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Will Brexit affect how you travel for business?

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The deadline for Brexit negotiations is looming. The UK Prime Minister, Boris Johnson, and European Commission President, Ursula von der Leyen, have been in ongoing talks over the last few days, but it’s still not known whether they will reach a sufficient deal.

It’s a time of unbelievable uncertainty for many sectors, and the hospitality and travel industries are two that are set to be hit the hardest.

There’s still free movement until 11 pm on 31 December 2020, but what could happen after that? If you have a business travel programme, how could you be impacted? Read on to learn more.

Your choice of carrier or route could be affected

If a no-deal Brexit is reached, it could significantly impact how you fly for business between the UK and EU.

Airfares could rise, and there might not be the varied choice in carrier there is currently. This could also have a knock-on effect on the routes those carriers fly, with reduced carriers, that subsequently reduces the routes available.

Ryanair boss Michael O’Leary has stated he will ground Ryanair flights unless replacements for EU airline agreements are struck before Brexit. He said, “flights between the UK and the European Union will be cancelled for months after Brexit.”

What does this mean for business travellers?

This could mean you’ll have to plan more, with longer travel routes ahead for business travellers. There might not be as many direct flight routes available, which dictates how quickly or how easily you arrive at your destination.

For business travellers travelling in and out of the UK, this could mean higher airfares, which, in turn, will affect your travel budget.

If you’re from the UK, you’re classed as a ‘third country’ national

If a no-deal Brexit is reached, anyone who holds a UK passport is classed as a ‘third country’ national. This means your business travellers will be expected to comply with the new rules and regulations to travel within The Schengen Area.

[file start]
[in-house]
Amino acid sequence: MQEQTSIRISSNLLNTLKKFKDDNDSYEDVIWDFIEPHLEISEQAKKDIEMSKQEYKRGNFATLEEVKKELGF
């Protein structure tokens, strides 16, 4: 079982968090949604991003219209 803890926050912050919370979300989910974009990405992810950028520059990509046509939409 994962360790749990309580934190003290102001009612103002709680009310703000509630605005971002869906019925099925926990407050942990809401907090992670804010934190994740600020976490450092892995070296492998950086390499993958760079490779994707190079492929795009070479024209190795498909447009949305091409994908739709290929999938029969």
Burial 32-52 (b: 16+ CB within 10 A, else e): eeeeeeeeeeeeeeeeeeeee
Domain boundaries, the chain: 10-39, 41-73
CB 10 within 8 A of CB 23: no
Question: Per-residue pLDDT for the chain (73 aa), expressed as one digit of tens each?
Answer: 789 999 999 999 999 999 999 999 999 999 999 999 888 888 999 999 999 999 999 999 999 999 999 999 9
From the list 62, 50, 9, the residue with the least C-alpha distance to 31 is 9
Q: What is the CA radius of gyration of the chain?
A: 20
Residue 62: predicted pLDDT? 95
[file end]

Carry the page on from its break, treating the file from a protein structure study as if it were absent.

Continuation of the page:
The Schengen Area is an area made up of 26 European countries that have abolished all passport border controls.

So if you’re from the UK and you travel for business to the EU or other Schengen Area countries, you face different border checks, you must read up on these changes and prepare as best you can.

What does this mean for business travellers?

Business travellers would be required to have at least six months left on their passport to travel from the UK to the EU. Your business trips would be monitored to ensure they don’t last more than 90 days in any 180-day period.

You may have to confirm the purpose of your business trip, and who is paying for the cost of travel.

Hotel prices could increase further

The hotel industry has already enjoyed an increase in prices in recent years due to supply and demand. But hotel prices could increase further if a no-deal Brexit is achieved. Although workers can live and job search in the UK, the government would now require workers to apply for permission to work in the UK from the EU.

A report by Politico states that employers would have to sponsor EU applicants by applying for permits issued by the government. This application could cost companies a fee, and only so many permits will be made available to each sector, making it possible they may have to pay higher wages for British workers.

What does this mean for business travellers?

The lack of cheaper labour could mean hotel prices rise, affecting your travel budget.

It’s important to note that this could all change if a deal is negotiated before 31 December. But your organisation must have a contingency plan, mainly if you do business in the UK, or your company is based in the UK and has employees travel to the EU.

Significant changes are ahead for the UK and the EU. Find more information about the Brexit transition here.

If you’re researching cheaper corporate ground travel options, check out our innovative SaaS solution for businesses.

Read next: How has our attitude changed toward business travel?

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